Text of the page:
Normal Political Patterns Melt in Heat of Gun Control Conflict

Times Staff Writer

As he recalls it, state Sen. Ruben S. Ayala stiffened his resolve to vote for legislation to outlaw assault weapons at a tense meeting with gun-owning constituents.

The scrappy Democrat from Chino, who insists that he is philosophically opposed to new controls on firearms, said the six National Rifle Assn. members identified themselves as solid Ayala supporters, but threatened during the 30-minute meeting to back his opponent next year unless he voted against the bill.

“I told them, ‘OK, that’s the American system,’ ” said Ayala, who fought in the Pacific as a Marine in World War II. “When they came up and threatened me like that, it made me angry. And when I get angry, they lose.”

Faced with one of the most divisive political decisions to come before the Legislature in years, Ayala was in a tight spot--forced to balance intense competing pressures from the gun lobby, police, friends, family members and neighborhood groups that have been terrorized by gang shootings.


In the end, Ayala was joined by 26 other senators in supporting the first significant gun control bill to clear the Senate since 1974. Four days later, the Assembly passed its narrower version of the bill. In each house, members had their own, often very personal reasons for the votes they cast.

Ayala and some of his colleagues illustrate how the conventional chemistry of gun control politics shows signs of unraveling. The votes to approve the bills cut across partisan lines and geographical boundaries. Some usually liberal Democrats voted no while some generally conservative Republicans voted yes.

Even some allies of the NRA voted for the legislation, including seven members of the Senate and 10 members of the Assembly who were given A and B grades by the NRA last year and in 1986 on the “report cards” it compiled on legislators’ voting records.

In Ayala’s case, the decision to support the assault weapon ban grew out of a mixture of emotional reactions and cold, hard, political reasoning.


In an interview, the 14-year Senate veteran maintained that he had supported the NRA viewpoint on gun controls “time after time after time. . . . They are stubborn, single-issue minded and I don’t need them.”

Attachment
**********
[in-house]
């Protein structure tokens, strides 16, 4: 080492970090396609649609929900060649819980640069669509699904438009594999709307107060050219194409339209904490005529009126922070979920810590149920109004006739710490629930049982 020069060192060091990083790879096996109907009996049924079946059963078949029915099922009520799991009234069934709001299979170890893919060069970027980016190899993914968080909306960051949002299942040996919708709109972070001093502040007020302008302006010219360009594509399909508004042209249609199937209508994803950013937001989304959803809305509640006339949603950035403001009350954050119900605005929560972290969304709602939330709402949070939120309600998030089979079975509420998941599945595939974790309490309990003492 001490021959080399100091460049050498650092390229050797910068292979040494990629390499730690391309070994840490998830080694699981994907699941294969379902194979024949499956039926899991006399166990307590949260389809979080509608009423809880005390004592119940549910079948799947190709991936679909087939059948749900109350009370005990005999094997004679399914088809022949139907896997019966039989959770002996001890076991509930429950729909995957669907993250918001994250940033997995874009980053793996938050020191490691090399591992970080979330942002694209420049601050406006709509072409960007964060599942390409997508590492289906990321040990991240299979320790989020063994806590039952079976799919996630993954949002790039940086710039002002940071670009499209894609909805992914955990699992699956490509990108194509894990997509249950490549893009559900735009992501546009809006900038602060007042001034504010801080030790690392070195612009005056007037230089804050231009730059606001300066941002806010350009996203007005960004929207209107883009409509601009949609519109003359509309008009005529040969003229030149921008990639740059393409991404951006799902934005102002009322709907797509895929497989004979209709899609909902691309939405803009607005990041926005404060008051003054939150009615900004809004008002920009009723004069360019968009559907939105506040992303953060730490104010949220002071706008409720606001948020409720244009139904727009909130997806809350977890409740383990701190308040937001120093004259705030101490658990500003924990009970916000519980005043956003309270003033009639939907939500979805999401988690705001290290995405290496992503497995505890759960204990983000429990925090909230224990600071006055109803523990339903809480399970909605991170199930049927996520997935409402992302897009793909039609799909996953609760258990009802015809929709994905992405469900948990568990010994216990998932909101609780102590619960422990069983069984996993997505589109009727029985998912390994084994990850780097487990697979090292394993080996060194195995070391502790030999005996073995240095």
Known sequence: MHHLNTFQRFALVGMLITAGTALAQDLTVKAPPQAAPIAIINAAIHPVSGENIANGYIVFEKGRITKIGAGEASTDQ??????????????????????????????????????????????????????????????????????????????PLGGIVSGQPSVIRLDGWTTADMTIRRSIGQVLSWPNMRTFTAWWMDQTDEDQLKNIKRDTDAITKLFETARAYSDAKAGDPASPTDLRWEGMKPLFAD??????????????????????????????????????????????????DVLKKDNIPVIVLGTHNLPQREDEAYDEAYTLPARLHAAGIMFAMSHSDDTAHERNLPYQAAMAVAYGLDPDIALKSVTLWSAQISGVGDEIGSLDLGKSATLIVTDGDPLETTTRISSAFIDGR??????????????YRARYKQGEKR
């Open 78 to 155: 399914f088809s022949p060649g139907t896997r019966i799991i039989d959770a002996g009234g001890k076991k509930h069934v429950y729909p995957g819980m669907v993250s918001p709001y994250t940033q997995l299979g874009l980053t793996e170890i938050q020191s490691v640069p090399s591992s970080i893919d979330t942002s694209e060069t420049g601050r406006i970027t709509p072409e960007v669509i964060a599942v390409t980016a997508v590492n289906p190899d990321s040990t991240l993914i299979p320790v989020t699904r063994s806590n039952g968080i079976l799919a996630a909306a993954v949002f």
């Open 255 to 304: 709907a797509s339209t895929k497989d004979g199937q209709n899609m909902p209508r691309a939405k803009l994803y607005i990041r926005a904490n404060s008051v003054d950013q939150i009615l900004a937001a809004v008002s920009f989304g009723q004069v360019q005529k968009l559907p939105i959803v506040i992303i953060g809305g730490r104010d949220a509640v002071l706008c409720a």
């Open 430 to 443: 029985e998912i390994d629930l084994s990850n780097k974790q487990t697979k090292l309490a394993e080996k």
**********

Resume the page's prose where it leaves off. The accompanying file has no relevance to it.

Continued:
While Ayala may consider himself aligned with the NRA on issues, his voting record is mixed--supporting the gun organization on some bills over the years and casting opposition votes on other measures. When he ran for reelection in 1982 and 1986, the NRA gave him a grade of D.

Even before his meeting with the gun-owning constituents, Ayala, who represents a conservative district stretching from San Bernardino to Pomona, said he had leaned in favor of the gun ban and that an informal telephone poll showed that citizens in his district also favored a ban.

The time had come, he said, to bar semiautomatic combat weapons from the streets and neighborhoods of California. At the same time, he said it was necessary to leave untouched the firearms of hunters and other sport shooters.

Focus of Debate

The two bills that are the focus of the current debate by Senate leader David A. Roberti (D-Los Angeles) and Assemblyman Mike Roos (D-Los Angeles) are sponsored by law enforcement and strongly supported by Los Angeles-area neighborhood organizations who suffer from street gang violence.

Now, the competing versions must be reconciled, a process certain to escalate the pressure as the winners of Round 1 seek to protect their victory and the losers attempt to take it away.

While the Roos and Roberti bills have captured national attention, many other gun-related measures are pending--some of which would go even further to restrict ownership of firearms. More than two dozen are scheduled for an Assembly committee hearing on Tuesday.


In one of the fiercest grass-roots lobbying campaigns in years, the NRA and allied gun owner groups are pitted against law enforcement leaders, teachers, school board members, doctors and highly organized neighborhood associations in Los Angeles, where gang violence and the fear of guns runs highest. Much like the abortion issue, gun control in Sacramento is so politically charged that most legislators are normally inclined to duck for safety rather than cast a vote to restrict firearms.